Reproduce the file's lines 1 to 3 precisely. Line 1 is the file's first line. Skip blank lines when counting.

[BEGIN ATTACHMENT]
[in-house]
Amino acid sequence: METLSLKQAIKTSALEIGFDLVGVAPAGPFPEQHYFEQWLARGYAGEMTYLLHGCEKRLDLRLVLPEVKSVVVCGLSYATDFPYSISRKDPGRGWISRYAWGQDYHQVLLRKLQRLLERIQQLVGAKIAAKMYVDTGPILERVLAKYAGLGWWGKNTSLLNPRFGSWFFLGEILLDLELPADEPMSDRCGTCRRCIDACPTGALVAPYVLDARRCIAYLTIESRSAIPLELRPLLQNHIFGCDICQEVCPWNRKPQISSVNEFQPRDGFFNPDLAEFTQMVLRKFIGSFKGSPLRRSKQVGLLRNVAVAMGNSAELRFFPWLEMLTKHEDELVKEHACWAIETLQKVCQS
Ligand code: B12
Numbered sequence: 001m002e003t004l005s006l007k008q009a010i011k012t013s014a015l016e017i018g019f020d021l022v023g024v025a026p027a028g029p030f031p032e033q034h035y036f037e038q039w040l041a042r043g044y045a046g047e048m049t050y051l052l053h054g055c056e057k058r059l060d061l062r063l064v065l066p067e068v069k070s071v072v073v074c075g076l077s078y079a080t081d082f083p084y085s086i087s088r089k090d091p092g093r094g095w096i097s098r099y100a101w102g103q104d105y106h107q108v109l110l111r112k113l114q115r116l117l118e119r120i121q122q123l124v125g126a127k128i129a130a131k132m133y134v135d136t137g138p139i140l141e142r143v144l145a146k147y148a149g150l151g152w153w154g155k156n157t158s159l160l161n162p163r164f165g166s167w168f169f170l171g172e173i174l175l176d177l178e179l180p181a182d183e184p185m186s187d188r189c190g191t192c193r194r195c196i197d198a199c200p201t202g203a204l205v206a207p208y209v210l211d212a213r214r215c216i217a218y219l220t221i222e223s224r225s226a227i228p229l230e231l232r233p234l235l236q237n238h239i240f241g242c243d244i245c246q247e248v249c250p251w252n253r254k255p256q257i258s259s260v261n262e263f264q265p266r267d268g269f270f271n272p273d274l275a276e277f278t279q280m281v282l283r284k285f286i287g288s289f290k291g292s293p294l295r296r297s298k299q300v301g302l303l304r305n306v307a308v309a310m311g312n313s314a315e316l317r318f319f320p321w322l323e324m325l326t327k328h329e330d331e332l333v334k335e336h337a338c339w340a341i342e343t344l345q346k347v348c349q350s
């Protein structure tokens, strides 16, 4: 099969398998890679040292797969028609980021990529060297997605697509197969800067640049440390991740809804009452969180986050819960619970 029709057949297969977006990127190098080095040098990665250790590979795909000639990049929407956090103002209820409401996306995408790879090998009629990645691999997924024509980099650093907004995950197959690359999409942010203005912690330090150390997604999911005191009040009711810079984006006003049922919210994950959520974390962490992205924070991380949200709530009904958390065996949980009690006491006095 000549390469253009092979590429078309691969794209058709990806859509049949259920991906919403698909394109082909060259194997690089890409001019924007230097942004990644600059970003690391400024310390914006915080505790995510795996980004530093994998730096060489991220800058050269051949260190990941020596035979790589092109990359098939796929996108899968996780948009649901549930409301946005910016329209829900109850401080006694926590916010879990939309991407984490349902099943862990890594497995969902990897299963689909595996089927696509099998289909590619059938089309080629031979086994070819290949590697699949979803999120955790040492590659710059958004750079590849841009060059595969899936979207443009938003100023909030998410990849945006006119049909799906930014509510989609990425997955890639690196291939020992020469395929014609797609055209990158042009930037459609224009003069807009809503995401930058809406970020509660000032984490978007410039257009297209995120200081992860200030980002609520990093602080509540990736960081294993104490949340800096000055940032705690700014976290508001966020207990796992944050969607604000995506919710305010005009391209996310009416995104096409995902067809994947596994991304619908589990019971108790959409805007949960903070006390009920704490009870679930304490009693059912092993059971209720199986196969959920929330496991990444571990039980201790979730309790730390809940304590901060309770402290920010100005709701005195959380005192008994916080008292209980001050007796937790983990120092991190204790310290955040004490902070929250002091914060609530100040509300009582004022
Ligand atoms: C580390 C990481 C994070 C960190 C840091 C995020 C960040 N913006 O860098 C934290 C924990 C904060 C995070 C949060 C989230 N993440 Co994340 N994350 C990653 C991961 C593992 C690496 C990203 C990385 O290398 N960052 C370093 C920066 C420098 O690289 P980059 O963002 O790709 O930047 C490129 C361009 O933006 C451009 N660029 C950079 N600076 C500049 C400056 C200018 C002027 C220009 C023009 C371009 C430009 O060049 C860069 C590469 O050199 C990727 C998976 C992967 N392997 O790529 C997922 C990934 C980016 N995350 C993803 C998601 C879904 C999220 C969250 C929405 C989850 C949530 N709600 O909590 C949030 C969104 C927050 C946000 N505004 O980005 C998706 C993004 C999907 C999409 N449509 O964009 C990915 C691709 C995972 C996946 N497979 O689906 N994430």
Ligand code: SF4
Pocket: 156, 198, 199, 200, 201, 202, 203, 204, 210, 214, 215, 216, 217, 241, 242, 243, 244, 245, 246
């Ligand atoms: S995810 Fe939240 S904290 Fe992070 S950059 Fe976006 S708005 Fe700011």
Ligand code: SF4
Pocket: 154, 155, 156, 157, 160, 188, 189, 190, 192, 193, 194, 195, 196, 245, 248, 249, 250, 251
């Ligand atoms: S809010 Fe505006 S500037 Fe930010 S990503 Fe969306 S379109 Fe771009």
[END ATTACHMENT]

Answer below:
[in-house]
Amino acid sequence: METLSLKQAIKTSALEIGFDLVGVAPAGPFPEQHYFEQWLARGYAGEMTYLLHGCEKRLDLRLVLPEVKSVVVCGLSYATDFPYSISRKDPGRGWISRYAWGQDYHQVLLRKLQRLLERIQQLVGAKIAAKMYVDTGPILERVLAKYAGLGWWGKNTSLLNPRFGSWFFLGEILLDLELPADEPMSDRCGTCRRCIDACPTGALVAPYVLDARRCIAYLTIESRSAIPLELRPLLQNHIFGCDICQEVCPWNRKPQISSVNEFQPRDGFFNPDLAEFTQMVLRKFIGSFKGSPLRRSKQVGLLRNVAVAMGNSAELRFFPWLEMLTKHEDELVKEHACWAIETLQKVCQS
Ligand code: B12